Program ID: Innovation Anthology #63
Program Date: 09/04/2007
Program Category: Environment, Natural Sciences
Aquatic Food Webs
Communities of fish are linked together by complex food webs, meaning "who eats who" as they go up the food chain.
But human use of rivers and lakes can dramatically alter these delicate predator-prey relationships.
For aquatic scientist Dr. Joe Rasmussen at The University of Lethbridge, a good illustration of the effect of a weir built on the Oldman River in southern Alberta.
DR. JOE RASMUSSEN: As the river starts to warm up in the summer, some of the species above the weir, like the Rocky Mountain whitefish, will start to move up to try to stay with the colder water. But instead of being replaced by species like the goldeye or the mooneye which are the warmer water species that would move in to replace it as the river warms up, we find that that’s not happening because they’re being blocked by the weir. So these species tend not to want to go up the fish ladder, And so we end up with Mountain whitefish living well above their preferred temperature above the weir because the competitors that would be moving up to make life miserable for them aren’t showing up.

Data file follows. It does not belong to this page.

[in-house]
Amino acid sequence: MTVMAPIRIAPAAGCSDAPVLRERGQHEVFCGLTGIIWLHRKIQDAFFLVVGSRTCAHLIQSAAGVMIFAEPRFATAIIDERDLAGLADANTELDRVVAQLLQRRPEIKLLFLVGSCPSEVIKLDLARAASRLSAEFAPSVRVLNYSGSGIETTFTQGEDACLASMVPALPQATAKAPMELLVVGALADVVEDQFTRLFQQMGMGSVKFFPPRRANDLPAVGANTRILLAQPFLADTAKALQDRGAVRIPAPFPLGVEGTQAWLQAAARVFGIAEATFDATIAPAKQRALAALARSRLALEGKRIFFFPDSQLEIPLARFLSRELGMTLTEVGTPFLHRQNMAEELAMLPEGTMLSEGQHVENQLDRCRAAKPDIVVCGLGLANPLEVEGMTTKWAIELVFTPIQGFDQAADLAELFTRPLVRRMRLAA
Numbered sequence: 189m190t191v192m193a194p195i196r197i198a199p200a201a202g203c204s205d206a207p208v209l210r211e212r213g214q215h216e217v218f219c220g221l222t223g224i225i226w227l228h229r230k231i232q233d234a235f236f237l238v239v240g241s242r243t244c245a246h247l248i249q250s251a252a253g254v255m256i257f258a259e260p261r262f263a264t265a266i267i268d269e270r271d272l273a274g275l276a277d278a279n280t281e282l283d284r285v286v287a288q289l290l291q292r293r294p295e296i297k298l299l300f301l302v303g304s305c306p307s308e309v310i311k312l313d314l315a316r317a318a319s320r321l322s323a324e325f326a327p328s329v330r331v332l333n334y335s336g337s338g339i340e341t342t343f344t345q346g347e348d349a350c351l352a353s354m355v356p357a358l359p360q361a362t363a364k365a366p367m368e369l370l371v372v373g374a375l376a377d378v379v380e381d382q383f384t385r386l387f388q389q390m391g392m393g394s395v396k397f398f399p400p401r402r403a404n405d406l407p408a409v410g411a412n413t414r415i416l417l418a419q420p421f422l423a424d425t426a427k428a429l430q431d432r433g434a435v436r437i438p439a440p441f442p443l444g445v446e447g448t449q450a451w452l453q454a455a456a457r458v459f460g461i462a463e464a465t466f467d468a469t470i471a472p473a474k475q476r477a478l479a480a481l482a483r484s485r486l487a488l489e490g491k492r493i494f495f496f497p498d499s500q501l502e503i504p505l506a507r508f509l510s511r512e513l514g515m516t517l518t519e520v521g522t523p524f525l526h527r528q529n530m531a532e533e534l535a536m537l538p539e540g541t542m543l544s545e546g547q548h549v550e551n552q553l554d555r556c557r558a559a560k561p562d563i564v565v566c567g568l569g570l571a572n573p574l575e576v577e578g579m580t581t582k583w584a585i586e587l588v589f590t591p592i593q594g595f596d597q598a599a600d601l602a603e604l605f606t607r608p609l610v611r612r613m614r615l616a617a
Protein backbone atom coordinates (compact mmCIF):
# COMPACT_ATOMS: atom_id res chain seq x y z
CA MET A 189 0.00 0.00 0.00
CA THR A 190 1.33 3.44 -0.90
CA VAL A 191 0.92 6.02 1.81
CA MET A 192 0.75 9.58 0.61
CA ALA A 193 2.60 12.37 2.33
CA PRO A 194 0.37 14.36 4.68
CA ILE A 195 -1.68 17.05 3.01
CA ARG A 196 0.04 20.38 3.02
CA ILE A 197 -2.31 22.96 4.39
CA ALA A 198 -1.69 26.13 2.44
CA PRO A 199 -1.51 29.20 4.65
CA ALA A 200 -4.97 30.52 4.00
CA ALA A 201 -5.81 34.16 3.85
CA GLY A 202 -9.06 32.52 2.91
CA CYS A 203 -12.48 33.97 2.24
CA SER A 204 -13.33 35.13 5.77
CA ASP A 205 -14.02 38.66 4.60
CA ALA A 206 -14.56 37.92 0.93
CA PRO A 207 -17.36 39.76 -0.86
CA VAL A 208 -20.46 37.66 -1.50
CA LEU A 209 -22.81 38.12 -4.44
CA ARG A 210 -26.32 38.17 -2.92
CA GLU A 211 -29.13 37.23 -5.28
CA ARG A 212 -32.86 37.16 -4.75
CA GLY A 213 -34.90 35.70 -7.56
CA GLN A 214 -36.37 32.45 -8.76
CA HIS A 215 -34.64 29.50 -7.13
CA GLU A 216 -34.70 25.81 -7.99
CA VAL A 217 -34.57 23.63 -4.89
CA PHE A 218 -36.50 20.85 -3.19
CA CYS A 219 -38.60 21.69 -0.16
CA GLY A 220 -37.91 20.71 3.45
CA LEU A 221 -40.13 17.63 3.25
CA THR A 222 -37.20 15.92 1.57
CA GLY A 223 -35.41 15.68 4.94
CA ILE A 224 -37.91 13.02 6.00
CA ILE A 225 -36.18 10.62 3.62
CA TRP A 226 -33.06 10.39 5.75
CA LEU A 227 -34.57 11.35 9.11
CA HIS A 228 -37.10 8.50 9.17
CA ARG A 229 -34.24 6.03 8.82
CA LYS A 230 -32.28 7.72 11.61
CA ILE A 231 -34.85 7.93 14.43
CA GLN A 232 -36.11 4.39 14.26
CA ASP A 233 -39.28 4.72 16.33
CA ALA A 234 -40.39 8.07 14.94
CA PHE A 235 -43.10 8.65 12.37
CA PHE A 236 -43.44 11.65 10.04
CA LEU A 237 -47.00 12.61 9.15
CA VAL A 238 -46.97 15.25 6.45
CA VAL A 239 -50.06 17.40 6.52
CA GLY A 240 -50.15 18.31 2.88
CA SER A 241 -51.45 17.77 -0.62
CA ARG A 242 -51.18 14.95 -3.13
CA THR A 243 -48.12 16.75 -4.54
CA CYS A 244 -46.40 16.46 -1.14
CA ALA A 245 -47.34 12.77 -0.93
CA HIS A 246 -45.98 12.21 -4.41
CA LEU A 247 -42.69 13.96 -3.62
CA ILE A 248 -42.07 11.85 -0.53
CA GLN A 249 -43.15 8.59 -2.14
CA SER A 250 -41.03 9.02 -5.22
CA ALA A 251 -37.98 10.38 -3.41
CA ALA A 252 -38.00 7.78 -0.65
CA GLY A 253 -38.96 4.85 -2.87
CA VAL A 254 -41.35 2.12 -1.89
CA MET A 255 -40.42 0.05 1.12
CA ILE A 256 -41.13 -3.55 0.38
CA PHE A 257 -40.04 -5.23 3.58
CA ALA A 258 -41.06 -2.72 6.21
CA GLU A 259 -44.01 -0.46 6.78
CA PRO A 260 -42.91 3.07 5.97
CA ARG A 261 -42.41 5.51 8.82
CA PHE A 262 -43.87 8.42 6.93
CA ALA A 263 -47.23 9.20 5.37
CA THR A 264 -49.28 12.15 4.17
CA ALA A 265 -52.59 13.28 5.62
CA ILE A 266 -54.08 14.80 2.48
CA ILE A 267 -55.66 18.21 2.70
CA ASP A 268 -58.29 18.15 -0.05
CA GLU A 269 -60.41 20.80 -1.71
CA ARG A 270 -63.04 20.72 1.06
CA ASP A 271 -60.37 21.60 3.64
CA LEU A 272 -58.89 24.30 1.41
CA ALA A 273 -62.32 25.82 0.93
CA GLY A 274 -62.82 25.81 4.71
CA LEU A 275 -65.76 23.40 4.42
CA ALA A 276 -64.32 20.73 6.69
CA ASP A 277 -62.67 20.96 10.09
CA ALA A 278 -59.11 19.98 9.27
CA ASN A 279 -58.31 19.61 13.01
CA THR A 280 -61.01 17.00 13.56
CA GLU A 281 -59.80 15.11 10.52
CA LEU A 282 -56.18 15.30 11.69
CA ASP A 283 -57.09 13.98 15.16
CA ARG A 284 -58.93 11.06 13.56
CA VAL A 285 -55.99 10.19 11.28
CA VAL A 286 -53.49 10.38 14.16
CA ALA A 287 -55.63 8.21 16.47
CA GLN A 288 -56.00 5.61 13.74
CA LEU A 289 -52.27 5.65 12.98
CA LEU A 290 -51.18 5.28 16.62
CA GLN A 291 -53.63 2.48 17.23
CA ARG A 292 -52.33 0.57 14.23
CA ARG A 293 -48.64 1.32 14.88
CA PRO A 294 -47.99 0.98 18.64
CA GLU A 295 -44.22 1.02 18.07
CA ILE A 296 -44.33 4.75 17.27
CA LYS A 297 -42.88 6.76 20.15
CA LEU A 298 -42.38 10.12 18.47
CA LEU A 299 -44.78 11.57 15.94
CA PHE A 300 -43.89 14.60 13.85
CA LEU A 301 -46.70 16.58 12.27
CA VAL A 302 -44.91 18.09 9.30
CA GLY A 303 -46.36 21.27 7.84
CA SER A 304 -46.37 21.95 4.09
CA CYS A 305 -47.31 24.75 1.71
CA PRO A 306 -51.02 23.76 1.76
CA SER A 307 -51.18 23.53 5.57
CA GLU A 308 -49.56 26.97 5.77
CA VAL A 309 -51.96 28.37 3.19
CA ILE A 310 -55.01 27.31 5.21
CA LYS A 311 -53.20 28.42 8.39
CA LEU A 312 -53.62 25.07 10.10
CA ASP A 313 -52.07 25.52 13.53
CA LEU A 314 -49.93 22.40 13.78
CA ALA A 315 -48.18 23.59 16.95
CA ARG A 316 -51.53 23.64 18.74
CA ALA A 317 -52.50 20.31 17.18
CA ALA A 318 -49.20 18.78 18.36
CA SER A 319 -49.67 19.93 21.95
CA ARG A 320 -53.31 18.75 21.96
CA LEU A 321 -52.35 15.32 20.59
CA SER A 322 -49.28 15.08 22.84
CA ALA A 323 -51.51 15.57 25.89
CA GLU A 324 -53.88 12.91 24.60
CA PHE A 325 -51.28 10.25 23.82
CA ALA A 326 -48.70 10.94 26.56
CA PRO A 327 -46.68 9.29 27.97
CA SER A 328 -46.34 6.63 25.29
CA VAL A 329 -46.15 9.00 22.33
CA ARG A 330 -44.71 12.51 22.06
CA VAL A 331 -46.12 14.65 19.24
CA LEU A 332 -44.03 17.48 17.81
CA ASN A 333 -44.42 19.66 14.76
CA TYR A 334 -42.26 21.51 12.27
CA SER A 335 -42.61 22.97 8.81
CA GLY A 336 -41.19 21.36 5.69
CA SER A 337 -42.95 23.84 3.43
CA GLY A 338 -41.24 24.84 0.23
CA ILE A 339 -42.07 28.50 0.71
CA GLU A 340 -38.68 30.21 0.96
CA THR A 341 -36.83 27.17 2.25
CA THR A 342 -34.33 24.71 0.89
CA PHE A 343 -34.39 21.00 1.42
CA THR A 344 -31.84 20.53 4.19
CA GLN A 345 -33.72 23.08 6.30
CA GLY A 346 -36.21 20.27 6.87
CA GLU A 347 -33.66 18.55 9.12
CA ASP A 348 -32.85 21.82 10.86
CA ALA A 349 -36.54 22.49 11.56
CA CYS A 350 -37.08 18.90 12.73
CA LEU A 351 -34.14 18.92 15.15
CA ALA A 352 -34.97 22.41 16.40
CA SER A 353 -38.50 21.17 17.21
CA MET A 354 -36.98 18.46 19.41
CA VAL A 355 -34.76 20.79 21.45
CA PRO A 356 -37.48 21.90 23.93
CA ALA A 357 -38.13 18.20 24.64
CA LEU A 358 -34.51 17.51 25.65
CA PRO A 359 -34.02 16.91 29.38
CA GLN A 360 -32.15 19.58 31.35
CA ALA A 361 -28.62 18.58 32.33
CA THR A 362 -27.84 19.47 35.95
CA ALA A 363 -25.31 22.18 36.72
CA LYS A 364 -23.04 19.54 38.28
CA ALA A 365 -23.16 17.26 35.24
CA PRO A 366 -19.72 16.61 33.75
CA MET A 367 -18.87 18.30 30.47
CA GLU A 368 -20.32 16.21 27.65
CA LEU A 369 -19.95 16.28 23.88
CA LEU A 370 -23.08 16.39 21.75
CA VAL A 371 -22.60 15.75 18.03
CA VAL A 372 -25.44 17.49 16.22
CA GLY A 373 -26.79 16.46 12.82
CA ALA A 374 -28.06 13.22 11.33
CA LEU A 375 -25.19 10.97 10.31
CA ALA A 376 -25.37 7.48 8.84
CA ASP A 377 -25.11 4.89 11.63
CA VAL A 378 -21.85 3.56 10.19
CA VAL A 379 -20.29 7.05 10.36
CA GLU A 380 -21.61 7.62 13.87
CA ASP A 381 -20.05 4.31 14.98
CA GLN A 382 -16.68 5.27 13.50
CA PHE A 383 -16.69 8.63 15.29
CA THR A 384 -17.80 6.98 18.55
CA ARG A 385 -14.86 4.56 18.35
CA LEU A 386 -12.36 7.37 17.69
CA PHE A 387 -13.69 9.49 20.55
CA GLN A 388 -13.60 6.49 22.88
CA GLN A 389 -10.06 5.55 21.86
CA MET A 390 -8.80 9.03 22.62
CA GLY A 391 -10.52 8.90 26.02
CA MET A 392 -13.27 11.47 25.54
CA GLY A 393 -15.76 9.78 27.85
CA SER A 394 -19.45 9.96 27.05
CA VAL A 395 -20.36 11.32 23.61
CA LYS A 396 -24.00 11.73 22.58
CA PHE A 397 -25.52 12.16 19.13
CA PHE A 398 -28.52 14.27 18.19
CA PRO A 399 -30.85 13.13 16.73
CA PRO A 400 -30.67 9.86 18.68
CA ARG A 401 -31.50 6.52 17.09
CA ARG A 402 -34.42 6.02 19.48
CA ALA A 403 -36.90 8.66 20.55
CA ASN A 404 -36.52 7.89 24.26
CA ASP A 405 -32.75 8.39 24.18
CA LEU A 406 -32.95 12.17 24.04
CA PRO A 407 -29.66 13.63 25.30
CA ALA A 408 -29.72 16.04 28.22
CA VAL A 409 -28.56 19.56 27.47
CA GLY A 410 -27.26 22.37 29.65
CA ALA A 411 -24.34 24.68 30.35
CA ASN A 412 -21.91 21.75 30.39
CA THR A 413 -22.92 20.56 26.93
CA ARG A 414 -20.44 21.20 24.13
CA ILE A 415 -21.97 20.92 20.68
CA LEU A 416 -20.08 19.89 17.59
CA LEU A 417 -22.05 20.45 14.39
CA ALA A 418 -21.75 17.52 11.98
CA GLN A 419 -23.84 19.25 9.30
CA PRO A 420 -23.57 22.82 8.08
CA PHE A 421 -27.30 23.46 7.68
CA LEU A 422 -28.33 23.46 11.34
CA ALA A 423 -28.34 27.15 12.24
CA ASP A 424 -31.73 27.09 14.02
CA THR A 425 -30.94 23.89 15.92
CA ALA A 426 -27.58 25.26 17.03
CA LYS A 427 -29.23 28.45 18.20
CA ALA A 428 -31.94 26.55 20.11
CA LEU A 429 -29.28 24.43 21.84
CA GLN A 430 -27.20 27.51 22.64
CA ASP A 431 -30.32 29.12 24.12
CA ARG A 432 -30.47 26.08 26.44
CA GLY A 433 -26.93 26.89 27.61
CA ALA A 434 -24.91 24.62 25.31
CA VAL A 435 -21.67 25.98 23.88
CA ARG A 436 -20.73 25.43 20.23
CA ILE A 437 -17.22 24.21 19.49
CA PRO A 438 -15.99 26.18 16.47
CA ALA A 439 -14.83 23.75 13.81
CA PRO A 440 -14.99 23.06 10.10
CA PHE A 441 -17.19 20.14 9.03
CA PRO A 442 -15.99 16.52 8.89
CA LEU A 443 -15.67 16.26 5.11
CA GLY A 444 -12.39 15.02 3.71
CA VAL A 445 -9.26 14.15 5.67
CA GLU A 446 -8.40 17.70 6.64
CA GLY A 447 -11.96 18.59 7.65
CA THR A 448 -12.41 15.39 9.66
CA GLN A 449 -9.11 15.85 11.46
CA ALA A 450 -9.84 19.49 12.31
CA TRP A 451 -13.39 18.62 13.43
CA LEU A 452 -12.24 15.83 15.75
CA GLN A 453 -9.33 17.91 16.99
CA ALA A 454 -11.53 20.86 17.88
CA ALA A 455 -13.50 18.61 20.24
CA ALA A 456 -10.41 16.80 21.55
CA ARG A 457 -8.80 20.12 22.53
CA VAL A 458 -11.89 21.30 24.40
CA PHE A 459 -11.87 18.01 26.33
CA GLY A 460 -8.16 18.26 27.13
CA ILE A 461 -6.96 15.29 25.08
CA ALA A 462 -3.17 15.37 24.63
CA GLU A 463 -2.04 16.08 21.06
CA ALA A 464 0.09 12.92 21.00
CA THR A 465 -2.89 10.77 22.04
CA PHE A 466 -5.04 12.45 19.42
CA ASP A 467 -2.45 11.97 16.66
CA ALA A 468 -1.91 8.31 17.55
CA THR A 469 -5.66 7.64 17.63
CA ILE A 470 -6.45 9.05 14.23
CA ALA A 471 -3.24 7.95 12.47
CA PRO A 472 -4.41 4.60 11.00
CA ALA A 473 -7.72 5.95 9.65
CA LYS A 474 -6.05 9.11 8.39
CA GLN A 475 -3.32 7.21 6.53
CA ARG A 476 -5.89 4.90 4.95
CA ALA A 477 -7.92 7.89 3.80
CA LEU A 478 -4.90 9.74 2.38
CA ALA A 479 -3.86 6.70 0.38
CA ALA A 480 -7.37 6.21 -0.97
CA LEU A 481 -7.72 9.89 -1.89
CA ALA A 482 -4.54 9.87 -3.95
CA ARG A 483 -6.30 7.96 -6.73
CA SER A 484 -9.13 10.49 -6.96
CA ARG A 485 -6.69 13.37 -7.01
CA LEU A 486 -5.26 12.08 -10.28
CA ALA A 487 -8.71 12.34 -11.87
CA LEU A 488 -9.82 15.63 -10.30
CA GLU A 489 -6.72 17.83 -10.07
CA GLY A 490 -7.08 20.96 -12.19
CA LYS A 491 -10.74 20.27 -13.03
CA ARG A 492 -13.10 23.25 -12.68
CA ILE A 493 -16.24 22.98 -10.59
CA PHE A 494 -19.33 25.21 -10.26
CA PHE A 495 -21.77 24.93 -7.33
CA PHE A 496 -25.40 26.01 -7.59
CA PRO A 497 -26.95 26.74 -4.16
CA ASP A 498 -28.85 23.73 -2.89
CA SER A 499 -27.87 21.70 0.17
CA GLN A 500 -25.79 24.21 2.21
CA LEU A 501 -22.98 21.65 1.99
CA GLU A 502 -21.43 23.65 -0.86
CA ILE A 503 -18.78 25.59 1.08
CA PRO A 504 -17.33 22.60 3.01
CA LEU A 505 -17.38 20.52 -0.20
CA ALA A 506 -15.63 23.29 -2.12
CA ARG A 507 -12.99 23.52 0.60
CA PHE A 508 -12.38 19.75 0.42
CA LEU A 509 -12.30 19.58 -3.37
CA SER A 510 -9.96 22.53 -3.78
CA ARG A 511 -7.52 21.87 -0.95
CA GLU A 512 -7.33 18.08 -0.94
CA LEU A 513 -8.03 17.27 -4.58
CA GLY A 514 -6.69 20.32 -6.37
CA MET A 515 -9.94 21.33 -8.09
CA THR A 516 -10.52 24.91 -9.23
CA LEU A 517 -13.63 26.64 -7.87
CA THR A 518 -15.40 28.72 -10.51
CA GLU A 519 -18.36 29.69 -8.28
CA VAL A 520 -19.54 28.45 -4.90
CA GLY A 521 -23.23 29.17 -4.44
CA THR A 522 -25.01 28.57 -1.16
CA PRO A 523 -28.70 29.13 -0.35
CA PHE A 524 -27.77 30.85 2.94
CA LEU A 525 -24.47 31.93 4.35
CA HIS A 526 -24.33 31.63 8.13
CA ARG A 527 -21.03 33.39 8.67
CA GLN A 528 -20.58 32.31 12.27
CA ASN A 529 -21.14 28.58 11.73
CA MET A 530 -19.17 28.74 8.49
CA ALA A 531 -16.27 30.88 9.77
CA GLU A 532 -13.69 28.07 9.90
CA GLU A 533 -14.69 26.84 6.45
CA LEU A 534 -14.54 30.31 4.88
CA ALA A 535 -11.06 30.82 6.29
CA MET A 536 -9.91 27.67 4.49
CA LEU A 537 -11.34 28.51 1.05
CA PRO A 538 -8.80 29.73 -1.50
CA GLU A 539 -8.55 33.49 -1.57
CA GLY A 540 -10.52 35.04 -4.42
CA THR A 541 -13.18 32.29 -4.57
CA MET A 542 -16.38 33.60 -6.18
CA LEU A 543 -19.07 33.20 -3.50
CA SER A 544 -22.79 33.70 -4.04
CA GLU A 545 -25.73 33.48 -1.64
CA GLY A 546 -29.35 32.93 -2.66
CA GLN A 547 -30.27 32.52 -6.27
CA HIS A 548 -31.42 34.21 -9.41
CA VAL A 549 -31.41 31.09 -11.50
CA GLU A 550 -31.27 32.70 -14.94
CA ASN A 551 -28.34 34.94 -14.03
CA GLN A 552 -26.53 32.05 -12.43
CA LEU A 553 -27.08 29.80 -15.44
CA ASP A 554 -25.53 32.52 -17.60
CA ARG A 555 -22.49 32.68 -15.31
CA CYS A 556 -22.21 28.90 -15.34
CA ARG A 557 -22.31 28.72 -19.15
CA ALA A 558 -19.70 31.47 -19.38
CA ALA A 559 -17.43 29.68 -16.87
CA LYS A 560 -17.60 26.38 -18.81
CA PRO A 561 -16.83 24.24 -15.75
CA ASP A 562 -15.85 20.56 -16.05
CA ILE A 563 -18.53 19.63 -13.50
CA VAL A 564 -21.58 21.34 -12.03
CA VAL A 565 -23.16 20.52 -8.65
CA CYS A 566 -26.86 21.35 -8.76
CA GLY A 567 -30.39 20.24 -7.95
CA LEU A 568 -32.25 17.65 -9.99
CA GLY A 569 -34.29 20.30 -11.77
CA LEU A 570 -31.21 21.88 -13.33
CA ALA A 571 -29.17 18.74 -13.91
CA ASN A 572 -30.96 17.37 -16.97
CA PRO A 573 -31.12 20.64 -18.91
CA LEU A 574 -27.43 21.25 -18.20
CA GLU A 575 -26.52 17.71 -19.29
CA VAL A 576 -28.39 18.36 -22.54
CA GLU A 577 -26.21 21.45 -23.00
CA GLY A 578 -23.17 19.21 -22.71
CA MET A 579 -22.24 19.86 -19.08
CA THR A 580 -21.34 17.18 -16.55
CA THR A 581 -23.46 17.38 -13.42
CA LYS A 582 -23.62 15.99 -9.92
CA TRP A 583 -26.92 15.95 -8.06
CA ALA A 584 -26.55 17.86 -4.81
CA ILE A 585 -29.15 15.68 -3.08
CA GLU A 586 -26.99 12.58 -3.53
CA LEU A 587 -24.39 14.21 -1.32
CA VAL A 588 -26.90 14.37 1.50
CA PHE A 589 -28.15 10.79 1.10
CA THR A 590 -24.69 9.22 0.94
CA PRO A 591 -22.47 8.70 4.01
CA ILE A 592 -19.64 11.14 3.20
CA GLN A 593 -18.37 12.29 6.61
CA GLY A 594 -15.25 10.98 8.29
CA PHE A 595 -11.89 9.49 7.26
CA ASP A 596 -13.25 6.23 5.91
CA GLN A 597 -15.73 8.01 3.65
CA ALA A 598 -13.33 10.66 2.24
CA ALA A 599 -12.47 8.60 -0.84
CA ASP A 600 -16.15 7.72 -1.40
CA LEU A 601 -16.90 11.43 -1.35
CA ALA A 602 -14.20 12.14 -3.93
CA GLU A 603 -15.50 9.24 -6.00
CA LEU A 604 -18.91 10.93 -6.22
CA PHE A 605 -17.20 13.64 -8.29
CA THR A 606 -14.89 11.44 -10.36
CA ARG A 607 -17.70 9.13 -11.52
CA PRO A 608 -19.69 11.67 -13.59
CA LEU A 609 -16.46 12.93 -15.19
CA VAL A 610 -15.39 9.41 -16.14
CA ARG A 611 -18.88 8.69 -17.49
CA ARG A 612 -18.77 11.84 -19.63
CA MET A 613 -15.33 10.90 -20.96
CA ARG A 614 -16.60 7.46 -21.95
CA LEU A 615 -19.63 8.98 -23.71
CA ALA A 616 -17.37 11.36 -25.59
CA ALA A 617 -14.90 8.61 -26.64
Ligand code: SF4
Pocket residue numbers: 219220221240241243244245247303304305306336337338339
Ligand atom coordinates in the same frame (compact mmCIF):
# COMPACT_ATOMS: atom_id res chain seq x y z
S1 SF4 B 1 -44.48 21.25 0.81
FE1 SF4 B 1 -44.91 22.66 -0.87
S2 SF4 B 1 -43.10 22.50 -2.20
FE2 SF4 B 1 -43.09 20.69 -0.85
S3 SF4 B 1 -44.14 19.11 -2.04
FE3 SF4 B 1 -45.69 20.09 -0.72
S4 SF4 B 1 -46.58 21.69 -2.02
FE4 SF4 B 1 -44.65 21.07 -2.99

Dr. Joe Rasmussen\'s research points to increase dewatering of rivers from irrigation and cimate change as further stressors on aquatic food webs.
Thanks today to The University of Lethbridge.
FOR INNOVATION ANTHOLOGY, I\'M CHERYL CROUCHER